The Philadelphia Personal Injury Law Blog

Sandusky Victim 2 to Sue Penn State

As if Penn State did not have enough to deal with after the Sandusky scandal. After JoePa's wins were taken away, the Paterno statue torn down, and NCAA playoffs denied for 4 years, not to mention the pain for everyone involved, what more could go wrong?

As we predicted after the Freeh Report was released, the lawsuits against Penn State have begun. Now, Victim #2, still keeping his anonymity has filed suit through his attorneys Joel Feller and Matt Casey of Philadelphia, and Andrew Shubin and Justine Andronici of State College, according to the Philadelphia Inquirer.

Victim #2 is best known as the victim who was seen in the shower with Sandusky by Mike McQueary. Part of #2's case is based on voicemails left by Sandusky in 2011 that were released by his attorneys, according to the Inquirer.

Feller and Casey's firm released a statement on Thursday that laid out their plan to sue Penn State for the compliance of its officials in the abuse carried out by Sandusky. The statement claims that Penn State officials have admitted that they could have and should have stopped Sandusky's actions, according to Ross Feller Casey LLP.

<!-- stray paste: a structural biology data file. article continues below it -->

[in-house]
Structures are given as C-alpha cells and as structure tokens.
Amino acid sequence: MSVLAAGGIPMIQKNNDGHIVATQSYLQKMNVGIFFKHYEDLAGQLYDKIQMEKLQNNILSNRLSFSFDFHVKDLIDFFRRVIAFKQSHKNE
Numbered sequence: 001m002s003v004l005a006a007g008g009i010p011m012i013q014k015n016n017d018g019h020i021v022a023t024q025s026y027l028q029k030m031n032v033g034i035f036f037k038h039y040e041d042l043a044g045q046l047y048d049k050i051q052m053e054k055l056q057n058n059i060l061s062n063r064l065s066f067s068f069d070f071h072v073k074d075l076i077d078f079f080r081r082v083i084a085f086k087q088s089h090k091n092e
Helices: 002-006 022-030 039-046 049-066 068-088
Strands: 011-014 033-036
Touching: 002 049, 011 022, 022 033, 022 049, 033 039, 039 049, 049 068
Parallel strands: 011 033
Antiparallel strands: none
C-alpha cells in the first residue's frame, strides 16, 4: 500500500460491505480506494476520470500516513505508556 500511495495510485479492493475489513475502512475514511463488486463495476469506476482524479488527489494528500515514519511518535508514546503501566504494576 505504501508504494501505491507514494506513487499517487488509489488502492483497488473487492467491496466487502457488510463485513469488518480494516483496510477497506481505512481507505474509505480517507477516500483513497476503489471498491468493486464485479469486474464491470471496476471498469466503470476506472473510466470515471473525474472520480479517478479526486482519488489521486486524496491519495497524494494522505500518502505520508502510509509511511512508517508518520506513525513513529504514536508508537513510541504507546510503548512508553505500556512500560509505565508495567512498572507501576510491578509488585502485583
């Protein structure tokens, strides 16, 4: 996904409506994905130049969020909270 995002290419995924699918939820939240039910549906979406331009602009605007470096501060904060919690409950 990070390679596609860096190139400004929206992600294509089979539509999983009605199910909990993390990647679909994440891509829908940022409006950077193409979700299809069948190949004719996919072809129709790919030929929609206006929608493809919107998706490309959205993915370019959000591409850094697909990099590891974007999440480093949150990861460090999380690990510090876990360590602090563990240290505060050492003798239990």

It is likely that any lawsuit would include a negligence claim and could include a common law recklessness claim. We discussed negligence in the earlier post, but not recklessness.

Recklessness claims require more intent than negligence, but less intent than the true intent to harm required of intentional torts. For example, reckless behavior would be like lighting off a bottle rocket inside -- you knew it would be risky, but you did it anyway.

Here, Victim #2 could claim recklessness because the officials allegedly knew what Sandusky was capable of doing, but did not report him to police or forbid him from being linked to PSU. The knowledge that harm could happen and taking that substantial risk is what could put Penn State in jeopardy of being found guilty of recklessness.

The amount of sanctions and Victim #2 suing Penn State are likely to be a wake-up call to any organization that tend to hide issues rather than deal with them.

Related Resources: